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Ever wonder why British and American English are different?

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As a voice over talent, I am always interested in accents and languages and I have been curious about the roots of our North American English accent. Why is our accent is so different than in Europe?

Here are some interesting articles:

Live Science article
Mental Floss article
Dialect blog

And here is why an accent changes over time. And yes, everybody has an accent ūüôā Linguist List

If you want to dig deeper, here is an archive: Spoken Word archive

I was surprised that the British accent we know today took root after the America’s were discovered and primarily because the economy changed in the UK. It seems that over a short period of time, people with lower socio economic statuses in London began reaching higher statuses and wanted to sound as though they had always been part of the upper class. The new “non-rhotic” accent (which means that there is no pronunciation of the letter R at the end of words like “winter”) spread and is now widely used. So the accent we use in the US today is an older form of English that had been used in the 16th century by people with a lower socio economic status.

I was also interested to read the following comment on Quora by¬†Tim O’Neil concerning the Australian accent:

“The development of the Australian accent is rather different.¬† Again, it is based on how working class people spoke English in the Nineteenth Century, which is why it is most similar to accents of other places settled in the same period, such as New Zealand and South Africa.¬† Commentators noted that it was the children of the first settlers who adopted a peculiar way of speaking with each other within a few years of the first arrival of whites in Australia.¬† At home they would speak as their parent spoke, but when playing together they spoke with a distinctive accent that was noted in writings of the time by several people.¬† It seems that while their parents stuck to their own classes – convicts, soldiers, administrators, free settlers – the kids all played together.¬† So they adopted this kind of common street¬†patois, as an egalitarian way of speaking so that they could all understand each other.¬† Within a generation, this became how Australians spoke and it hasn’t changed much to this day.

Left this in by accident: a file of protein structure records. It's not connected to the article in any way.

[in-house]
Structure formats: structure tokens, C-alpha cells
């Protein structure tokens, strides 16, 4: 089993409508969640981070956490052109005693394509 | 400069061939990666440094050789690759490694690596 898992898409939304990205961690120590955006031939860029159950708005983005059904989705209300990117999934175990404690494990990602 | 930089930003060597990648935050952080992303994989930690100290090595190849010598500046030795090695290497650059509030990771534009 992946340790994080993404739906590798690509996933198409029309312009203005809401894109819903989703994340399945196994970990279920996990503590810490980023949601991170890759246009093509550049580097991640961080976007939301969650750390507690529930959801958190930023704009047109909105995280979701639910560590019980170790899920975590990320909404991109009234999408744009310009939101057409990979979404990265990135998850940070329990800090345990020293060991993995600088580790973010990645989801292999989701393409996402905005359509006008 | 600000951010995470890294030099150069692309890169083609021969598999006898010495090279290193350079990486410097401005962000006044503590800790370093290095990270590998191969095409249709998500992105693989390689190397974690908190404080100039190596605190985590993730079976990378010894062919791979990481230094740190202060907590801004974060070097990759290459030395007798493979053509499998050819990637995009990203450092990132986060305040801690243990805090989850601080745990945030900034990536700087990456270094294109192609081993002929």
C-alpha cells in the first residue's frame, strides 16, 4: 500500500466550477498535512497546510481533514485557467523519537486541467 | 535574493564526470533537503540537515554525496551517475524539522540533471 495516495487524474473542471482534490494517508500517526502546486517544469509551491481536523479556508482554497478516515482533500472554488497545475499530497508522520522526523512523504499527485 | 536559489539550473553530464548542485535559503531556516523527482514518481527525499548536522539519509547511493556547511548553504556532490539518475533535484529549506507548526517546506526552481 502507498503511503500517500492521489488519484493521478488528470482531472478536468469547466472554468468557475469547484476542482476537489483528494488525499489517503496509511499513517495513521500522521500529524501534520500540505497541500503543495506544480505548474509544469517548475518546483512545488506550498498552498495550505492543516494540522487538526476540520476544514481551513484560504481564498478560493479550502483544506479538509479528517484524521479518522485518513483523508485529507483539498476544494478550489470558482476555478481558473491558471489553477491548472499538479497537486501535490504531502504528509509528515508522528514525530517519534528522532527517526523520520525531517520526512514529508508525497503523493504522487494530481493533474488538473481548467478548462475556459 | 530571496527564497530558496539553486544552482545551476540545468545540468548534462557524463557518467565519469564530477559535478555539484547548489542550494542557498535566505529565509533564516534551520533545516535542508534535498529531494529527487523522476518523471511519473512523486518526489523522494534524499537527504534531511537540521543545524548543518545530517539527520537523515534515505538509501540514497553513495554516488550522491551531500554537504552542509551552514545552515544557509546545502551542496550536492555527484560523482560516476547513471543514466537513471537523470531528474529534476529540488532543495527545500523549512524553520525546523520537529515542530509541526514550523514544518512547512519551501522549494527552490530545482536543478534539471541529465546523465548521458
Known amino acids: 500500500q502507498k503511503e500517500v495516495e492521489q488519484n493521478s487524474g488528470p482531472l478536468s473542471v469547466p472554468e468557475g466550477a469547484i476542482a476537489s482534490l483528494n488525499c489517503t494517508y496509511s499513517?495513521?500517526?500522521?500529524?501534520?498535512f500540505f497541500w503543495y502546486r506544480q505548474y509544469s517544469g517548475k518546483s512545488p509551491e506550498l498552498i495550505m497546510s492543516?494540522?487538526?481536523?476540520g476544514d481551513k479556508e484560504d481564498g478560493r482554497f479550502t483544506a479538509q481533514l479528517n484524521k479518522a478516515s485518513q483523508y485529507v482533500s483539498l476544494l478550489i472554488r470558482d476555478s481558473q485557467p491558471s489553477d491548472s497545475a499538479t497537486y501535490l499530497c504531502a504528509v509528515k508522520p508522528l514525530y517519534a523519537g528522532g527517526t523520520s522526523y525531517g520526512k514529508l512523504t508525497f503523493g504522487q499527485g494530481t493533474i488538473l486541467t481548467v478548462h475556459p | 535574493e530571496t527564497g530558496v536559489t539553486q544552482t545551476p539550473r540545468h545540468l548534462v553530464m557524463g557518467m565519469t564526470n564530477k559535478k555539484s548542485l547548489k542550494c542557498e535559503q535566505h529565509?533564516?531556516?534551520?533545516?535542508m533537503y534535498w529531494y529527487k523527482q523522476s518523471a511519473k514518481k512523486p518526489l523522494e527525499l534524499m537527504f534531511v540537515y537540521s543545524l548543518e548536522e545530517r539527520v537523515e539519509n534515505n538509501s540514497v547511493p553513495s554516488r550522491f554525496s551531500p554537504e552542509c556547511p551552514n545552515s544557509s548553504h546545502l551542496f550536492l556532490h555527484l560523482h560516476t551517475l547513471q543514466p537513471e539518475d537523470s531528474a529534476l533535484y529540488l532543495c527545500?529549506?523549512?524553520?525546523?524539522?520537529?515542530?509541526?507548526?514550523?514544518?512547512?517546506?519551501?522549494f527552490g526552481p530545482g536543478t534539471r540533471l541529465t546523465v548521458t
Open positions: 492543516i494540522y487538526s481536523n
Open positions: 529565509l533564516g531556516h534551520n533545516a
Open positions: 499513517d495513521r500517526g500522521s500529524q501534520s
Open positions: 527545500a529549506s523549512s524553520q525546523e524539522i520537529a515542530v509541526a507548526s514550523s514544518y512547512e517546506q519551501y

The lack of regional variation in the Aussie accent is due to some peculiarities of settlement.¬† For most of the First 150 years of settlement, settlers came almost exclusively from Britain and Ireland, without large-scale migration from other countries until the 1950s.¬† This meant that Australia never developed the regional accents brought by mass settlement of non-English migrants in given areas that we see in the US.”

French Canadian is also an old version of French corresponding to a certain region in France. On a trip in Paris, I used a slang word Quebecers¬†frequently use to say “car” (vehicle, automobile); I said I was waiting for the “char” to pick me up. The woman I was with burst out laughing! -I had just used the short version of the word “chariot” to describe a car!¬†I had no idea!

 

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